There was an article today about autograders (“Autograding System Goes Awry, Students Fume”, and it’s been making the rounds. Given my enthusiasm and publishing history with autograders, I’ve had it forwarded to me a couple times.

We had many of these problems back at VT, and we will have these problems here at UD. I see all of the usual suspects: errors with unit tests producing temporarily incorrect results for students, downtime because of too many concurrent users, etc. To these, I will give my usual response: “The only thing worse than having an autograder is not having an autograder.”

Human feedback is obviously better than computerized feedback. But it’s slow. I have students who are only just getting back assignments from early October. Novices need lots of feedback, as quickly as possible. The change in my CS1 course after we reached the Python unit (and its autograder) is almost palpable (and I’ve heard students comment on it a few times, attributing positive attitudes largely to the autograder). Yes, they are somewhat frustrated at times by the feedback, but they get frustrated at any number of things. I think autograders have great promise, and most of my favorite research work in the past 3 years has been specifically about improving the tools teachers have to make automatic feedback, and that has been the focus of our Pedal project.

The students in the article complain about downtime. One remarks that it is “odd” that the system would go down right near submission deadlines. Obviously, it’s not ideal, but it’s so common with academic software because it’s hard to develop systems that scale. There’s no CS class that prepares you for dealing with 1000 students hitting your server at once. Student code executed on the server has to be safely sandboxed, requiring heavy virtualization. How do you test and improve your software, when it only happens during peak hours? It sounds very reasonable to demand great software from CS professors, but the reality is that it’s an engineering process like any other. That’s why systems like GradeScope have promise - but then we monetize the process and students have to pay in other ways.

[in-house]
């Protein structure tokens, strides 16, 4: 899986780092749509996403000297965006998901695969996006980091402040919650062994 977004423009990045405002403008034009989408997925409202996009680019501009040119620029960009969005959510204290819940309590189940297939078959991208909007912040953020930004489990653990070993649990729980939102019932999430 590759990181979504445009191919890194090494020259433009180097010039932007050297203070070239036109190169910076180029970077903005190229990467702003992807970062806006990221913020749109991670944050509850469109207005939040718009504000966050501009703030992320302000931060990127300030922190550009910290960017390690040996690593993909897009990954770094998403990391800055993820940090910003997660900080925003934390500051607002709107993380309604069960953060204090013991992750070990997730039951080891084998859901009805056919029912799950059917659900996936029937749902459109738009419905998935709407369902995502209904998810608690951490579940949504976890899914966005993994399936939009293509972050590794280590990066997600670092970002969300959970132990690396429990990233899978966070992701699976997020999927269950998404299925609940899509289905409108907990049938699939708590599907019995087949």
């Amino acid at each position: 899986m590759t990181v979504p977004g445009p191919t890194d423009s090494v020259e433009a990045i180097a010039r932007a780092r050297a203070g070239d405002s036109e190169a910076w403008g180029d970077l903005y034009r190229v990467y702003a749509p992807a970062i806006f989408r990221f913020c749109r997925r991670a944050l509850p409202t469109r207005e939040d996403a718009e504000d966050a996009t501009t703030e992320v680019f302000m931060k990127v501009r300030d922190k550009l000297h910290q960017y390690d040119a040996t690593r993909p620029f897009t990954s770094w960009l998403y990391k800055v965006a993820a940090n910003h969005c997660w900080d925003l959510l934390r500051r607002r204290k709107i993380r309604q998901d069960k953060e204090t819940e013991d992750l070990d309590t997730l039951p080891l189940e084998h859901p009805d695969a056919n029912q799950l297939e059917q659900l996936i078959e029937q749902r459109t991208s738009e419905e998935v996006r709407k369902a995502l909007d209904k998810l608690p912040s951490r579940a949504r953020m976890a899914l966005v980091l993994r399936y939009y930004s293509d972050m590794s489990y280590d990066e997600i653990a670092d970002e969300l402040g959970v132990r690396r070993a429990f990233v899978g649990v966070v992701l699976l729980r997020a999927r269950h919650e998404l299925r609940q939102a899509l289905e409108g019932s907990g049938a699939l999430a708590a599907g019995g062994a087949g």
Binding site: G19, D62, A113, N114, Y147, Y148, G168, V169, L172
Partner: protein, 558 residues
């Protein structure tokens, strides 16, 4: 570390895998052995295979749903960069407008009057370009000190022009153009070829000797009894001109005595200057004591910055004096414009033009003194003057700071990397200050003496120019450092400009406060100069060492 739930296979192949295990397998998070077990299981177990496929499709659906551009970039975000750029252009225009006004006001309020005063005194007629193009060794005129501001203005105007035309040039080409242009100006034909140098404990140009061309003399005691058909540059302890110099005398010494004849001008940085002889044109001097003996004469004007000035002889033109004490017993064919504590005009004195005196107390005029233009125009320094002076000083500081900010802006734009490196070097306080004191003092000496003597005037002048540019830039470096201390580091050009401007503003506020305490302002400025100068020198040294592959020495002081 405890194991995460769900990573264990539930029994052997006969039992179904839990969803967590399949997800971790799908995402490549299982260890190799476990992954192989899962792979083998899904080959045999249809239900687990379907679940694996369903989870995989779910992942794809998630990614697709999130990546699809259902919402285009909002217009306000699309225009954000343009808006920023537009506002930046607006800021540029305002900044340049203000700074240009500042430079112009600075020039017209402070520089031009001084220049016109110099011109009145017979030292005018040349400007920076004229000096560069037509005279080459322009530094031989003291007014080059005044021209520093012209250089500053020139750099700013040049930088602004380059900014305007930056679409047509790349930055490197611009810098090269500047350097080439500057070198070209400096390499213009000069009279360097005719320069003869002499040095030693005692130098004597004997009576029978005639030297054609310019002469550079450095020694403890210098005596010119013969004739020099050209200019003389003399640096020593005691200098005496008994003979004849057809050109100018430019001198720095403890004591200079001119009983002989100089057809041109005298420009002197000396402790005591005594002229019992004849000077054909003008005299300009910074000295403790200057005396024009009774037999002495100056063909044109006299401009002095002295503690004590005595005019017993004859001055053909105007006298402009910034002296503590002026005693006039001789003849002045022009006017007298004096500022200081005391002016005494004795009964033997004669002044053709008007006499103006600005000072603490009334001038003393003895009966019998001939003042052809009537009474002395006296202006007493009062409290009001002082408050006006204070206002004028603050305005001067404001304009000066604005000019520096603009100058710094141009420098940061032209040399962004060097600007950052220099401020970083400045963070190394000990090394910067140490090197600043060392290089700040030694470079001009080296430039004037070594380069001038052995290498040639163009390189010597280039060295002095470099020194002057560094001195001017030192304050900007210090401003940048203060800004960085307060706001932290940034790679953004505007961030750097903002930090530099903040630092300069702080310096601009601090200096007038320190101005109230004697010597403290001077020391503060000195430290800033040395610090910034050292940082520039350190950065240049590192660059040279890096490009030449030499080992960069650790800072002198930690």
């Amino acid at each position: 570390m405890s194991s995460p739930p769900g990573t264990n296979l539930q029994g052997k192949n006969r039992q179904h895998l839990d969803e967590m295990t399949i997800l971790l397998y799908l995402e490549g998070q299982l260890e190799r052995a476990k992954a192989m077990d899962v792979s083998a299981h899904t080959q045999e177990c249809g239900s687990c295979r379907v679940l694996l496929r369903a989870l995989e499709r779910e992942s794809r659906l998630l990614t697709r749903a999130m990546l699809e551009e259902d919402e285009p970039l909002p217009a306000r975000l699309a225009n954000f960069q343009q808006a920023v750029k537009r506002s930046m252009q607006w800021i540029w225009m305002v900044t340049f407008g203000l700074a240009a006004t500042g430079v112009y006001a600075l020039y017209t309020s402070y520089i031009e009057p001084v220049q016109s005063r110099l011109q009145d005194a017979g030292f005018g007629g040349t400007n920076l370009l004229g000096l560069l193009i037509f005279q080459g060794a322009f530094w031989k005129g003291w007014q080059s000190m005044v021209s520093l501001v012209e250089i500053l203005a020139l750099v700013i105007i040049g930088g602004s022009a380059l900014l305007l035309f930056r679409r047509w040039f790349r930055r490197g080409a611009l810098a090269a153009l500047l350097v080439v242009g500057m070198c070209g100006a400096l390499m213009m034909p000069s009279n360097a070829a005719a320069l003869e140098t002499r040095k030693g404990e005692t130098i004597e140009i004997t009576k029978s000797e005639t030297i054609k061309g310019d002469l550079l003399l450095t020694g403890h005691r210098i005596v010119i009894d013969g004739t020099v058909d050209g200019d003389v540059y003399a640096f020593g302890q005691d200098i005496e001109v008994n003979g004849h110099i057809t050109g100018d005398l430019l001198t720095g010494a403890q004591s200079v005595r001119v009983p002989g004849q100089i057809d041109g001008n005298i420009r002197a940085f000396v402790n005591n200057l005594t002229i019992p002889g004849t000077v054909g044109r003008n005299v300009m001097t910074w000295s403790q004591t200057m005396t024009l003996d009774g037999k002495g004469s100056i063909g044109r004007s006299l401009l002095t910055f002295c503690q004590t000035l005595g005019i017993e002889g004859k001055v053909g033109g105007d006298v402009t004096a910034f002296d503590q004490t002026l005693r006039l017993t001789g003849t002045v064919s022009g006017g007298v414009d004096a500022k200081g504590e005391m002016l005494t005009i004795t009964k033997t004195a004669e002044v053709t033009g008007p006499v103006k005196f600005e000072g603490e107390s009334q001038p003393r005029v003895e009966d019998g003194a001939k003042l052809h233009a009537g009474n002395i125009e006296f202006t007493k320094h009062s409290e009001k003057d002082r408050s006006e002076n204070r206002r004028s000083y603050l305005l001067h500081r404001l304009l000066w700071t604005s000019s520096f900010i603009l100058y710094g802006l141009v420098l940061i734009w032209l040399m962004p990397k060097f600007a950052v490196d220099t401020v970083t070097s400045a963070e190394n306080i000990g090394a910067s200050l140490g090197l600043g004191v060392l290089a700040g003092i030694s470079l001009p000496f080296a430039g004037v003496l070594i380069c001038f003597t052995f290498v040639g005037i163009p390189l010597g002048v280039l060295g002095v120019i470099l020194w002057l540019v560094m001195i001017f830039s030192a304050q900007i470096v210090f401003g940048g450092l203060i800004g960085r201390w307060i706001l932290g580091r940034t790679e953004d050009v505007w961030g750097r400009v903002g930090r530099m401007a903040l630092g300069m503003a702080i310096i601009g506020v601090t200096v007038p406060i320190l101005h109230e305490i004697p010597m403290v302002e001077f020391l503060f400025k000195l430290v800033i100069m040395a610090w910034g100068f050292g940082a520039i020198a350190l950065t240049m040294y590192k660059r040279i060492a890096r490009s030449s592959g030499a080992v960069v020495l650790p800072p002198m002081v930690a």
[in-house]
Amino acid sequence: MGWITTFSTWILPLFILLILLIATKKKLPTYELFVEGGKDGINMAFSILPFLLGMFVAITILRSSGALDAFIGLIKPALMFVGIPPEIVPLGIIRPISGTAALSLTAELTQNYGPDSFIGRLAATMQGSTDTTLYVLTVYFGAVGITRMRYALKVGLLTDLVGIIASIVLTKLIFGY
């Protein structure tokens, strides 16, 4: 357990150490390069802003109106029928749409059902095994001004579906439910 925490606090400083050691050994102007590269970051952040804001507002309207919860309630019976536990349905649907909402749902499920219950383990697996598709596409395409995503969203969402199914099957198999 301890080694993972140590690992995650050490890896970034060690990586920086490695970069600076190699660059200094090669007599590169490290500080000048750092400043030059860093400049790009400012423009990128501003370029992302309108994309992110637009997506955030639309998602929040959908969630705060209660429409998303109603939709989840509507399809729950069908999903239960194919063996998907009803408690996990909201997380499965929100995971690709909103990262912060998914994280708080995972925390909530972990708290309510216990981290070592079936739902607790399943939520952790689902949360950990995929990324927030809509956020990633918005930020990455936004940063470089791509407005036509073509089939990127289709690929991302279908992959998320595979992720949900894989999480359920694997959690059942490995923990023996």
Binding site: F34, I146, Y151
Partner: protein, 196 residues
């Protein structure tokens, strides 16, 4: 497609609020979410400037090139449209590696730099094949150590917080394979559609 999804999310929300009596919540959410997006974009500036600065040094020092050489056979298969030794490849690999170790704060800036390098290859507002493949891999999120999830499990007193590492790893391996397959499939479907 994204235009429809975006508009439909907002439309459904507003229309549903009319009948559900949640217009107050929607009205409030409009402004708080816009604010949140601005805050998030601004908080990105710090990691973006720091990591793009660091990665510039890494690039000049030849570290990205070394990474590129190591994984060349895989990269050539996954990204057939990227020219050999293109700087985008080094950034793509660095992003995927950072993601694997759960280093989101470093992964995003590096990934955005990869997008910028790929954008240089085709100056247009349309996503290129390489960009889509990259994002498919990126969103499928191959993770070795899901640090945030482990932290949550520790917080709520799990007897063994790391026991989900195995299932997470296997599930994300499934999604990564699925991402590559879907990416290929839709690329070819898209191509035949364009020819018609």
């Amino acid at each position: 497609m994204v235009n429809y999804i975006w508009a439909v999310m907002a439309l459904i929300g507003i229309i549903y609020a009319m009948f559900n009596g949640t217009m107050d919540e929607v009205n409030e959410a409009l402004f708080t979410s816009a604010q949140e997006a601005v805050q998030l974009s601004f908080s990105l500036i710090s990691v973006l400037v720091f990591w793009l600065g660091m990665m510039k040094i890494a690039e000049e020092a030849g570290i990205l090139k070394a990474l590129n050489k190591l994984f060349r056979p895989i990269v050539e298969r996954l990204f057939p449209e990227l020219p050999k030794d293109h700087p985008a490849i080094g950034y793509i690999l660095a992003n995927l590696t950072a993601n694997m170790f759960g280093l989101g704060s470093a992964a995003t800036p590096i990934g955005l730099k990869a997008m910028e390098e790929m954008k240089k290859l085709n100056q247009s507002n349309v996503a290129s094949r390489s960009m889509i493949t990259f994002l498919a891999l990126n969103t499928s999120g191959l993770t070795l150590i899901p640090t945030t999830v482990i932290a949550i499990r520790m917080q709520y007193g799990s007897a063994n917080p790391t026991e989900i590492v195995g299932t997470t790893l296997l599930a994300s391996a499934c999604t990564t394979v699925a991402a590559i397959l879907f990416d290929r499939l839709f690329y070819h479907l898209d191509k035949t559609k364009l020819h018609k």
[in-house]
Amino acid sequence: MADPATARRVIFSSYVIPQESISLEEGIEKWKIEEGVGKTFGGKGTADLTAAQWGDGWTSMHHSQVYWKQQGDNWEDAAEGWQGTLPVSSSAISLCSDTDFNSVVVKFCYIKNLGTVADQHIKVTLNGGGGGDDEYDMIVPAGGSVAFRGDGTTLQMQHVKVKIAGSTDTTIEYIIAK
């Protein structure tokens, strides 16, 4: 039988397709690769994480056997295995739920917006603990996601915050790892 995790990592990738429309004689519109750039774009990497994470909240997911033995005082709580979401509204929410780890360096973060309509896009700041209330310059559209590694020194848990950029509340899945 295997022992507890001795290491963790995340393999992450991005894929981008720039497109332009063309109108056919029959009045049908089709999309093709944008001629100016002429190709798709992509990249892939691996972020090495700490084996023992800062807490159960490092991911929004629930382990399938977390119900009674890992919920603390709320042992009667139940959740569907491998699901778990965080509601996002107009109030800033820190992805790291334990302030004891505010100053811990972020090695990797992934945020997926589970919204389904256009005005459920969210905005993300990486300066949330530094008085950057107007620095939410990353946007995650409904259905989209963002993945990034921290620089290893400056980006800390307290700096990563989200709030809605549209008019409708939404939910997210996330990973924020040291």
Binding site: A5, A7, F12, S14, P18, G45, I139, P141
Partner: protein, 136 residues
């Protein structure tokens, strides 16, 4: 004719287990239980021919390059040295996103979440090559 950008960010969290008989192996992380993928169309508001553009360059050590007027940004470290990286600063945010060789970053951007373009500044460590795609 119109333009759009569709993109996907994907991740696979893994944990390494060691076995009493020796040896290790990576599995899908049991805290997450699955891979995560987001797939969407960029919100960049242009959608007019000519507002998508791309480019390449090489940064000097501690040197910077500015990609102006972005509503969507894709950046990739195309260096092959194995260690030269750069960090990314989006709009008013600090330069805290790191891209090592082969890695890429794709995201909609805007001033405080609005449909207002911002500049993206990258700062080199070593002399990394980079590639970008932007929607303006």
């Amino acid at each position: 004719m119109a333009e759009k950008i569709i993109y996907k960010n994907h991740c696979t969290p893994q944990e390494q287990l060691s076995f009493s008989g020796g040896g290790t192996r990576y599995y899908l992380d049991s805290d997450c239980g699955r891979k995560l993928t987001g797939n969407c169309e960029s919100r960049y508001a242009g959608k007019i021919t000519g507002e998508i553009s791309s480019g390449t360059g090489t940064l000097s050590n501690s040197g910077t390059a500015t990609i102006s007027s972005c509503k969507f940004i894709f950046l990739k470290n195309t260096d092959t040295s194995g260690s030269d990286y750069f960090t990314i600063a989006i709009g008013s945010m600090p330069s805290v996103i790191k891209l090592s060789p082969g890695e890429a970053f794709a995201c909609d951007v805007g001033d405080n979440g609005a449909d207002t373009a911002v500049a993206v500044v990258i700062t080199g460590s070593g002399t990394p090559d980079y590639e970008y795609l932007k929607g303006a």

It sounds like there could be other issues with transparency from the professor, and making sure their tests are right, and scheduling deadlines. But I’ve seen the other side too often to trust the students quoted. Those students who wait until 11:50pm to make their first submission, who skip reading the output of the autograder and just resubmit their code unchanged, and who can’t find blame in themselves… Well, suffice to say I’ve met them many, many times.

I was surprised by the quote from Mark Guzdial at the end. However, this ended up being clarified on Twitter later - he meant specifically courses on User Interface development, Research Papers, Multimedia. Those are a distinctive set from the kind of course described in the article. I wish the writer hadn’t even tried to draw such conclusions! Overall, I don’t think this article really does more than try to stir the pot, without really giving a fair and balanced view of the benefits of automatic grading.